Business Technology

Ironing out the kinks in the crowdfunding process using scalable technology

7 min read

14 April 2016

Former editor

As a fast-growing crowdfunding platform, Crowdcube co-founder Luke Lang explains why implementing a CRM system was key to providing a platform suitable for scaling up and cultivating relationships with entrepreneurs on the hunt for funding.

Exeter-based Crowdcube is now six years old and one of the foremost players in the equity crowdfunding space, offering a platform that links businesses looking for finance with investors interested in backing young and exciting enterprises.

It was set up by Luke Lang and Darren Westlake, who have since grown the team to around 80 and helped companies close fundraising rounds worth over £150m in total. It’s a Financial Conduct Authority (FCA)-regulated entity and gathers a large amount of data over the course of first making contact with a business looking to raise money to then banking the capital itself.

Lang revealed that a customer relationship management (CRM) system has been crucial to building out its offering on the entrepreneur side of the business. “It quickly became apparent that if you want to scale, you have to bring technology to bare,” he added. “We have got some pretty smart software engineers in the business, but we wanted them focusing on creating a world-leading crowdfunding platform – and not on technology for customer relationships.”

With multiple stakeholders both within Crowdcube and a fundraising business, Lang and his team were in need of a technology which could string it all together. A seamless process for entrepreneurs was crucial to making fundraising on the platform as attractive as possible.

“Our business development people use it to catalogue enquires, and the CRM system then goes on to be leveraged by our investment analysts and financial analysts,” he said.

“Being an FCA-regulated firm, we need to make sure we have the best possible processes and solutions in place. Having put the CRM in place, it’s had a dramatic impact – the time to get live on the site has dropped by 20 per cent meaning instantly greater efficiency gains.”

For Crowdcube and Lang, this means not losing leads and accurately capturing information – providing the best possible service for customers.

Practical knowledge

Having worked for both large and small companies before starting up Crowdcube with co-founder Westlake, Lang knew from very early on that a CRM system would be required. Even in the formative days when it was only the duo managing the small number of businesses raising money on the platform, doing so was “awkward and difficult”.

“You know that when you go from two people ten ten people, and from ten to 20, you need to introduce more rigorous processes so you aren’t making mistakes and are providing good customer service,” he commented.

“I’ve worked in big and small companies, using CRM systems, and know the power technology can have. But we didn’t use want a solution that worked for our needs in 2014, it needed to be able to grow as we did.”

To help Crowdcube make the most of its CRM system, the business has a full-time engineer who specialises in the technology. Being aware that as the business grew the system would have to evolve and adapt, in-house resources are key to making this happen, he stated.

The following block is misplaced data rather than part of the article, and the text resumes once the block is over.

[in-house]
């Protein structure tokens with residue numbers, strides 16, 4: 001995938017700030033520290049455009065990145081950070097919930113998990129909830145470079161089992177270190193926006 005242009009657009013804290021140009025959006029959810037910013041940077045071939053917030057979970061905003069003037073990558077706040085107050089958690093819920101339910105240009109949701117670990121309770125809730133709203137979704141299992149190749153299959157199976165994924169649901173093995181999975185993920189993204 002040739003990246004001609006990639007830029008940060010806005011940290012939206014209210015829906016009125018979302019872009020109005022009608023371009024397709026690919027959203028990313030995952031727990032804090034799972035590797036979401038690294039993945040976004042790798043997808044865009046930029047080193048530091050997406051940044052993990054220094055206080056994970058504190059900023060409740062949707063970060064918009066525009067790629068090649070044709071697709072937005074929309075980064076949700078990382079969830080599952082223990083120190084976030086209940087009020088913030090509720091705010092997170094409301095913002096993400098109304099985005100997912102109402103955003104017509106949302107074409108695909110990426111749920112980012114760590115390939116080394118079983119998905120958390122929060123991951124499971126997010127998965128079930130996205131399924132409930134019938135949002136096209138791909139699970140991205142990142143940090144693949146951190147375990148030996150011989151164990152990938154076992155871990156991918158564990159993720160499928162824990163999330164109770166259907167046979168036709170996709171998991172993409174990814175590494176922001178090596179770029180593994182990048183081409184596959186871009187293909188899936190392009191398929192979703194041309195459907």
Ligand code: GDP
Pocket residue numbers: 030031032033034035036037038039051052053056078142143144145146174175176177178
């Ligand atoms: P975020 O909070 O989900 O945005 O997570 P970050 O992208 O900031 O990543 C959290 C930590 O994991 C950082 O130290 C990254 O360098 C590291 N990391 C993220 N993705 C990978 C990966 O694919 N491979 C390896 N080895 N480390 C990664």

By providing staff with a single view of the customer journey, Crowdcube has increased efficiency and bettered relationships with entrepreneurs.

Lang has also found that new staff are increasingly likely to be comfortable with technology such as a CRM system. Having people coming on board who have used it in some detail often means that they can become a “real asset” by unlocking a new part of the system Crowdcube wasn’t using to its full capability before.

Peace of mind

Knowing when and how to make major investments in technology comes down to being very clear about what is required from a software service, Lang emphasised. “You need to make sure all the stakeholders in the business are involved with the requirements document, which allows you to then source the service that is most appropriate.

“Then it’s about evaluating differing services against each other, working out what are the must haves and what are the nice to haves. Quite often you can end up being sold something that you didn’t need but was quite cool.”

After that it’s imperative, he said, to make sure the new service is well supported – often something that is underestimated in the integration and then utilisation phases. A new technology should be able to talk and communicate with other off the shelf services, Lang commented. “You don’t want one that puts you in a straightjacket from day one,” he urged.

“It’s about future-proofing your decision, and making sure you made the right call. Getting this wrong can be costly and painful when it comes to unwinding once you’ve committed to integration.”

Businesses and entrepreneurs these days, we learnt from Lang, are waking up to the power of data and the so-called “information age”. Sitting on great volumes of information and data, companies are able to ascertain great understandings of customers – how they interact with things like emails and websites. Smaller businesses, which are aware of this early enough, can then benefit greatly by having simpler implementation phases. “I’ve worked at some very large companies which don’t have effective CRM solutions, and it comes to to integration being too difficult.”

Thanks to making the decision early and operating it to its full capacities, Lang and Crowdcube have a much better understanding of company performance. Greater collaboration across departments has been fostered, taking a warm lead and converting it into business which then can often mean the successful closing of a multi-million pound fundraising deal.